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Slack engineer Erica Baker "zero percent surprised" at Facebook's race issues

Slack’s Erica Baker

Last week, Facebook CEO Mark Zuckerberg sent out a private message to employees at the company’s Menlo Park headquarters, admonishing people for crossing out the words “Black Lives Matter” and scrawling in “All Lives Matter” instead.
Slack engineer Erica Baker has told CNNMoney that she is “exactly zero percent surprised” at Zuckerberg’s message.
Baker has previously used the term “colorless diversity” to describe the faux-meritocratic rhetoric of Silicon Valley culture.
Baker’s “zero percent” is even less than the one percent of technical roles at Facebook occupied by black people, as well as less than three percent, the quantity of non-technical Facebook employees. In 2014, 2.9% of new hires at Facebook were black.
“This has been a deeply hurtful and tiresome experience for the black community and really the entire Facebook community,” writes Zuckerberg in his memo, “and we are now investigating the current incidents.”
Zuckerberg is at least correct to make a clear distinction between “the black community” and “the Facebook community”, because there is almost no overlap between those two things, at least as far as Facebook’s workforce is concerned.
Before being hired by Slack CEO Stewart Butterfield in May 2015, Baker worked at bro-tastic Google for nine years, which she described in a memorably horrifying Medium essay in November 2014.
At Google, Baker describes having to learn “a bunch of classic rock songs so I could play Rock Band and Guitar Hero with the team”, which is approximately the least horrible thing she experienced in the workplace, along with consistently suggestive comments from co-workers, not to mention the pay differential.
When Baker suggested a social activity for the group that didn’t involve beer, which she doesn’t drink, she was voted down.
Hands-up voting appears to be a preferred method of solving problems in start-up and Silicon Valley culture. It’s also how everything got resolved in Lord of the Flies.
Shortly after her Medium essay, Stewart Butterfield retweeted a video of Baker’s taken at a protest against the verdict clearing a white police officer in the death of Michael Brown in Ferguson, Missouri, and added “Stay safe.”
Last month, the day before Martin Luther King, Jr. day in the United States, Butterfield circulated an internal memo explaining that the office would be closed in observance, and expounding somewhat on his personal feelings on the significance of the day.
Erica Baker asked Butterfield’s permission to publish the memo on Medium, for anyone to read.
“Despite the fact there have been areas of progress great and small, it is still, shamefully, far from finished,” wrote Butterfield. “And it is on all of us to see it through. There is only us, the people. And if we truly value solidarity at this company it is a good time to recognize, and remember, and recommit to standing with the people who lost their livelihoods, their limbs, and even their lives, merely asking for something as simple and basic and obvious as equal rights and equal protections under the law.”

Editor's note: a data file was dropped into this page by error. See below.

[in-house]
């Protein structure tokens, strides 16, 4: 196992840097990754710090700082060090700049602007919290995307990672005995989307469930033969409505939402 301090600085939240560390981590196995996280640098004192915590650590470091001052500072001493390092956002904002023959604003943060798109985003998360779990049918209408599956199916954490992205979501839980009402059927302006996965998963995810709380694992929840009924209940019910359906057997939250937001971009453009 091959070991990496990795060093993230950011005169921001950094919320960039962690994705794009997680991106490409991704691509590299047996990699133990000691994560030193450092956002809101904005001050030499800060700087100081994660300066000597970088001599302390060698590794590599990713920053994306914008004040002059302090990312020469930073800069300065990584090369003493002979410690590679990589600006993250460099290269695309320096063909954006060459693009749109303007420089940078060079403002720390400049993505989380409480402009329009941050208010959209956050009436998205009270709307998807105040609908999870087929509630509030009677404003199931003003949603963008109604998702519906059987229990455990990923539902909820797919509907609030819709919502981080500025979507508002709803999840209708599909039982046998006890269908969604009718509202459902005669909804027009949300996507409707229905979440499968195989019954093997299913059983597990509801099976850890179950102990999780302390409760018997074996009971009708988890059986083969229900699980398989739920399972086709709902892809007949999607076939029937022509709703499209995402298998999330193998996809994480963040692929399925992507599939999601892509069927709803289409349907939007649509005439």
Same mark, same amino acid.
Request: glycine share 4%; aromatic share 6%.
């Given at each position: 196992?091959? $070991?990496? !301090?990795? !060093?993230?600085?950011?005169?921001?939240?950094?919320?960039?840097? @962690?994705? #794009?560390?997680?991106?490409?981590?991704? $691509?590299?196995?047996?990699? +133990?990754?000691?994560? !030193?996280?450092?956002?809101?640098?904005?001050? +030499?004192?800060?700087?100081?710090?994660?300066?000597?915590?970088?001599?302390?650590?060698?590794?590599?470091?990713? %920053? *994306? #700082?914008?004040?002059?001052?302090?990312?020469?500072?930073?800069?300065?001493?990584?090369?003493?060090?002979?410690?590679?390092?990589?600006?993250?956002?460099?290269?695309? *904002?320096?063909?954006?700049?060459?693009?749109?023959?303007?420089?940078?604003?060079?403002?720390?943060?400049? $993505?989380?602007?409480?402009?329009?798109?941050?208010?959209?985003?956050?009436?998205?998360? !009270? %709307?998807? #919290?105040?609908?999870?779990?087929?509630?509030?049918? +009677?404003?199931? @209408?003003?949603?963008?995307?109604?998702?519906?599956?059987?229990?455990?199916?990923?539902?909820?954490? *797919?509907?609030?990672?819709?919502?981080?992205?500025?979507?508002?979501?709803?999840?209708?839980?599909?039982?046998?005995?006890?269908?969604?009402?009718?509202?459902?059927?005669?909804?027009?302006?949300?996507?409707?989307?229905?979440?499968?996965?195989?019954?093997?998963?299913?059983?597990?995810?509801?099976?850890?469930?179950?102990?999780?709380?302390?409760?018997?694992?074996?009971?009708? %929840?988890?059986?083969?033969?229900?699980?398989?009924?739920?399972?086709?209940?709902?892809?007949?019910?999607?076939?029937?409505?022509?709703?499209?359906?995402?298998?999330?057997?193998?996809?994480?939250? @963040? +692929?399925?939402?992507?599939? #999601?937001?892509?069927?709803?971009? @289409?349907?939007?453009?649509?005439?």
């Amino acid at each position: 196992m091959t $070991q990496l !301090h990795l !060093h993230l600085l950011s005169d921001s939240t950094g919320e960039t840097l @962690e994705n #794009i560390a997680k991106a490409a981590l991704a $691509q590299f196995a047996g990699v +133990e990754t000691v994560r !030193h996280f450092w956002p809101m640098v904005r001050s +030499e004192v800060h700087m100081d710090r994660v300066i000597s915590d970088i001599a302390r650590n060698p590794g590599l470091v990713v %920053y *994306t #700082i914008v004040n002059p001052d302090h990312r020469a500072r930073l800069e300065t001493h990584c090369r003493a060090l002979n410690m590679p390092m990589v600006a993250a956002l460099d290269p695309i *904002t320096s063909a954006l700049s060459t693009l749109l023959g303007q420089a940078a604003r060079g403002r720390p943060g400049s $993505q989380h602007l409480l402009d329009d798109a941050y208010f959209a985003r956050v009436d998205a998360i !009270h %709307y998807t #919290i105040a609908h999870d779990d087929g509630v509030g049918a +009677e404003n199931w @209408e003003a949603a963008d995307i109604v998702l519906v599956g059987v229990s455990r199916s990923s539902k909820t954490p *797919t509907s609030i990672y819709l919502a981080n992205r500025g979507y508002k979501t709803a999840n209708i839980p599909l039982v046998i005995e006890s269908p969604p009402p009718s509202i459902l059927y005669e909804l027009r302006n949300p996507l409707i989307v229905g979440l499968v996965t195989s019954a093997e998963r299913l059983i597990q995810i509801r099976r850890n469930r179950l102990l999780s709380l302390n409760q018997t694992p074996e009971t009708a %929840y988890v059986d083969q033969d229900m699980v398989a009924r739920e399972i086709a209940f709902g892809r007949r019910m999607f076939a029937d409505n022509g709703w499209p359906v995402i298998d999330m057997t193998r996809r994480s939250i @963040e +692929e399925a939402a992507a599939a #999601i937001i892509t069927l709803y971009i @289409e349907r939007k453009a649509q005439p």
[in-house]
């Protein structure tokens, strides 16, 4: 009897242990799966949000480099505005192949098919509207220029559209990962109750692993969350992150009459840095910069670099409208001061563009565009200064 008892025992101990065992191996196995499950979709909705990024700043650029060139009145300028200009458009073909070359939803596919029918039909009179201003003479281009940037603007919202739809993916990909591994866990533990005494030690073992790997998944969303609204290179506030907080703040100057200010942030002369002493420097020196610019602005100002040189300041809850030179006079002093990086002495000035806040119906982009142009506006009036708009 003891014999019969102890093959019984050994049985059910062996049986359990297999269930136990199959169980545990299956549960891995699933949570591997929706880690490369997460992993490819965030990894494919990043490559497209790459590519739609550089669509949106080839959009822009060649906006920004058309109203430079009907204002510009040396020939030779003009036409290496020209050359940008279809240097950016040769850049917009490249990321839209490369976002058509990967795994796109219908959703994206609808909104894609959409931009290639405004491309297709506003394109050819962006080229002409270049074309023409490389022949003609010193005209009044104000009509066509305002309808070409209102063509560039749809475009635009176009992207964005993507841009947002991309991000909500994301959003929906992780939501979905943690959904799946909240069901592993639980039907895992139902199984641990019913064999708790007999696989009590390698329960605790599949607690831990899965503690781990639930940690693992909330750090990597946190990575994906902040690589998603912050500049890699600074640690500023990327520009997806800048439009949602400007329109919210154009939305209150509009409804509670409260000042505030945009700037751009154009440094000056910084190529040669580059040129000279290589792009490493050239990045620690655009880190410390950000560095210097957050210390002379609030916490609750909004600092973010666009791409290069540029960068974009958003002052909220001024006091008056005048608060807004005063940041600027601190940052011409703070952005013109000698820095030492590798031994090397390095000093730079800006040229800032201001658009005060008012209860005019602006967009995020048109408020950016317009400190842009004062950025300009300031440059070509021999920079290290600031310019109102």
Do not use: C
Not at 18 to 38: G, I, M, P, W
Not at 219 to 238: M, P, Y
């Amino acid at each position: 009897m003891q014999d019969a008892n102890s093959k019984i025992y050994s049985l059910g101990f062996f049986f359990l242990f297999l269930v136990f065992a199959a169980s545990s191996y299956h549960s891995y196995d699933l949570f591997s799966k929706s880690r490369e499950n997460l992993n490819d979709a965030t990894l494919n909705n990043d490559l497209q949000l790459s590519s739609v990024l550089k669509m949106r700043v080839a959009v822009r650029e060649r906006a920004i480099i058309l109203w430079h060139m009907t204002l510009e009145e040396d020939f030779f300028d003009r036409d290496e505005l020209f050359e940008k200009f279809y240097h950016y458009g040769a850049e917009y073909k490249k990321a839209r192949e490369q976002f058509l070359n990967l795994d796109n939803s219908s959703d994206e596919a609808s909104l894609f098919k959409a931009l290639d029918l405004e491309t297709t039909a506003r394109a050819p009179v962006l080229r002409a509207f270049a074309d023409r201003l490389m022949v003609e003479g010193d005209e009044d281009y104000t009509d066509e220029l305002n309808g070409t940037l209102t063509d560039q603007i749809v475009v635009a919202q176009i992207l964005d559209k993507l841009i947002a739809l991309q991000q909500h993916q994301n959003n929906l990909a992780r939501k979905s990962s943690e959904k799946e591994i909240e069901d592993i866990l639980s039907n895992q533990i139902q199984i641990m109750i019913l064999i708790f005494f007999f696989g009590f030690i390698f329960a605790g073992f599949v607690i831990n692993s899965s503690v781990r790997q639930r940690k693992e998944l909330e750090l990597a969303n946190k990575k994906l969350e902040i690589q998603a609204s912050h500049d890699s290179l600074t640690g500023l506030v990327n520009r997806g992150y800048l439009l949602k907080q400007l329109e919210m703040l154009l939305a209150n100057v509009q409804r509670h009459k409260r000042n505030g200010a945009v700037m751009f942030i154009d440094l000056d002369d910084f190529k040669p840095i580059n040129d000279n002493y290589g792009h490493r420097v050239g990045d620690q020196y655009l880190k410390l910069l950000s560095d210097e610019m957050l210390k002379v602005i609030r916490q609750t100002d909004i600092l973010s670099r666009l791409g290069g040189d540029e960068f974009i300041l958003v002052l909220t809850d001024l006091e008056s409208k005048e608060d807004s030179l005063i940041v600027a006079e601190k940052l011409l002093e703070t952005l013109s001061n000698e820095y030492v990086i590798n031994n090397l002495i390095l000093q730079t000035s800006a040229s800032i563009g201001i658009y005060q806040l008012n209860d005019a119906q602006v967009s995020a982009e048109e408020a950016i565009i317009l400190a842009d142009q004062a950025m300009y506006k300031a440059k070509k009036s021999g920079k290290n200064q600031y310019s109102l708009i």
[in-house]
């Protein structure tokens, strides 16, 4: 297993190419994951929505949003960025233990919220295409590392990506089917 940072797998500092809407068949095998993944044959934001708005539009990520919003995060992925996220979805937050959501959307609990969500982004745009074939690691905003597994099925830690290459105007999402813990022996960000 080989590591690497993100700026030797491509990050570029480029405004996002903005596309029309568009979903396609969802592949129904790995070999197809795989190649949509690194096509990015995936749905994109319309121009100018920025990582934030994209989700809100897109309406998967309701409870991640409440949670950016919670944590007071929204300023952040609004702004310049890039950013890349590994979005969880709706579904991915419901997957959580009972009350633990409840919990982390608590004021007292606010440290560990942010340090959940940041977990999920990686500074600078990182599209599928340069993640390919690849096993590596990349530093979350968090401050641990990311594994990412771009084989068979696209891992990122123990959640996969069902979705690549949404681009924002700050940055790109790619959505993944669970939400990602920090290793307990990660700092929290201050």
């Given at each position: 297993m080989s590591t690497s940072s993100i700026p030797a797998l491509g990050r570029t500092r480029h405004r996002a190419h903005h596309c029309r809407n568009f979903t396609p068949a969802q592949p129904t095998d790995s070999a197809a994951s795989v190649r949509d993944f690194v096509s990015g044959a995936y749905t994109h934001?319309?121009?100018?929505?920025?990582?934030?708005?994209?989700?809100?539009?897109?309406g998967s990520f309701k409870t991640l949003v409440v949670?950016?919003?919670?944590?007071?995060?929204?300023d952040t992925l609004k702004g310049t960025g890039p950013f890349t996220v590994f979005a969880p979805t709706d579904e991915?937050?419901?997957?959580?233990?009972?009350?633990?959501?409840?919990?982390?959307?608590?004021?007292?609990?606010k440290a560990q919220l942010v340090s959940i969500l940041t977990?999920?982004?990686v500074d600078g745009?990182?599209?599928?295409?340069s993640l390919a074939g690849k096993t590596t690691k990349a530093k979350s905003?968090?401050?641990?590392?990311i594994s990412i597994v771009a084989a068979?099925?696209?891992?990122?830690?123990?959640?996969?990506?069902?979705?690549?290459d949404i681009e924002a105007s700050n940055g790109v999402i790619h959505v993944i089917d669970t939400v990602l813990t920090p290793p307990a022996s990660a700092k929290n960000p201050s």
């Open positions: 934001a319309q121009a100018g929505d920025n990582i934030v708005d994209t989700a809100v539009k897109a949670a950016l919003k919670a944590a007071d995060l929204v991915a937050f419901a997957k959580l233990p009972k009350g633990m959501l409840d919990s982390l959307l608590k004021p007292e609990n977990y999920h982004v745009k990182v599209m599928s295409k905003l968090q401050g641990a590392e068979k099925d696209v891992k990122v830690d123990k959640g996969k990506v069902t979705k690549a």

In September 2015, Slack began releasing periodic diversity reports, detailing the company’s progress in hiring a workforce that bore a closer resemblance to reality than Facebook’s sub-three percent, or Google’s one percent of its technical workers.
Slack’s second diversity report last month divulged that 6.9% of its U.S. technical workers are black, 43% of its managerial staff women, 13% of its staff LGBTQ, 6.1% of U.S. technical staff Hispanic/Latino, among other statistics bringing it a little closer to a reflection of reality.
African-Americans comprise 13.2% of the U.S. population, and Hispanic/Latinos 17.1%.
A report by USA Today found that 2% of technology workers at seven Silicon Valley companies that have released staffing numbers are black, while 3% are Hispanic.
Meanwhile, the Computing Research Association found that 4.5% of all new recipients of bachelor’s degrees in computer science or computer engineering from research universities were African-American, and 6.5% Hispanic.
At the time of their first diversity report, Slack’s workforce consisted of a relatively modest 250 employees, but has since expanded to 385, while Slack itself is now apparently valued at $4 billion U.S., up from a measly $2.8 billion just a few months ago, as it reportedly seeks a new $150-$300 million round of investment, according to the Wall Street Journal.
Diversity has become a hot topic in the tech sector and STEM education in general, a topic which Facebook and Google have become unwittingly embroiled in owing to the homogeneity of their workplace cultures.
A year ago, Intel announced that it would attempt to implement full diversity across all aspects of its workforce.
As Slack points out in its most recent diversity report, “talking about diversity and inclusion keeps the issue front of mind for ourselves and our people. So we are going to keep talking about it. Of course, talk is not enough.”
He’s right, of course. But words do matter, as evidenced by the impulse of some Facebook employees to cross certain words out.

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